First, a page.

The Advocates, as officers of the court, have a great role to play in judicial proceedings but a large section of them do not rise up to the role they are expected to play. Many lawyers with work concentration have more interest in talking fresh briefs than attending old ones. The practice of filing multiple appeals and revisions, numerous interim and interlocutory applications, adjourning cases indiscriminately for no serious reasons by lawyers, and such other practices, gradually weaken the judicial process, cause undue delay in case dispensation, and unduly enhance the cost to litigants. Indian judicial system has become more advocate centric than litigant centric nowadays. Seeking adjournments has become an art in advocacy. Judges, who are not firm on rules or assertive in attitude, grant adjournments on flimsiest of grounds. Repetitious, time consuming argument is another delaying mechanism. Some lawyers prefer long winded and prolix arguments with no substantive points. Similarly, many of the judges prefer writing judgments of unnecessarily length. The multiple interpretations they offer quite often offer unscrupulous lawyers to use the judgment to their advantage at the appellate levels.

In criminal cases, the strength of adjudication depends mostly on the efficacy of investigation and evidence collection. Deficiency in the police machinery is a common problem in almost every criminal case nowadays. The police need to be set free from extraneous shackles of pressures including that of the political masters. The investigation and prosecution wings should remain separate, but complementary in case handling. Independent police functioning is quite essential for the judiciary to handle adjudication effectively. Extra-legal methods are dominantly being pursued by both police and prosecution wings to achieve results in many cases, particularly in politically prominent ones.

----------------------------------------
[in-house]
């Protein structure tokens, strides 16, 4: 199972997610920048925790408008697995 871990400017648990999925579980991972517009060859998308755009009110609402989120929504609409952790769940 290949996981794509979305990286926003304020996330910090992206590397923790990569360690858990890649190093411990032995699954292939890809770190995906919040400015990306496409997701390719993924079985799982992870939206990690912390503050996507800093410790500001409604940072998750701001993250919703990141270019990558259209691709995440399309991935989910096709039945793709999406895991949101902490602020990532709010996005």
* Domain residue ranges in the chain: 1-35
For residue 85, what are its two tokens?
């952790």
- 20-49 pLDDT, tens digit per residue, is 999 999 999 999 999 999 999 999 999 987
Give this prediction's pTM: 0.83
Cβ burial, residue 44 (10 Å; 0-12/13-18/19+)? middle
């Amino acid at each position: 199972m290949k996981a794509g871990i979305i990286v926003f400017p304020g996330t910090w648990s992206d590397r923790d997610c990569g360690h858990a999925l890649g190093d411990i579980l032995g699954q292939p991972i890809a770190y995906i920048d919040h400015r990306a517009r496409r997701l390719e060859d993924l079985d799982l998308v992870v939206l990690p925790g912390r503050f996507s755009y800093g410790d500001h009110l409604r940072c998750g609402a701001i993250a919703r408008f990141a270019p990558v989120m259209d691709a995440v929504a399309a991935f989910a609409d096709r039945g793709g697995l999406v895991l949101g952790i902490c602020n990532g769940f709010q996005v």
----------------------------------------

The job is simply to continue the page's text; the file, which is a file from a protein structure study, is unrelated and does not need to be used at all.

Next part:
The appointment of public prosecutors and other law officers need to be done based on merit rather than on the basis of patronage as being done now, so as to make the criminal proceedings fair, proper and unbiased.

We now live in a dense jungle of laws, many of them are outdated and not in tune with our times. Neglect in reforming laws also makes the judicial functioning difficult. The existence of a plethora of poorly crafted laws and their varied interpretations make it difficult for anyone to know the right legal perspective in an issue. It would be difficult for the judges or lawyers to keep abreast of the changes every enactment of law brings forth in the legal sphere.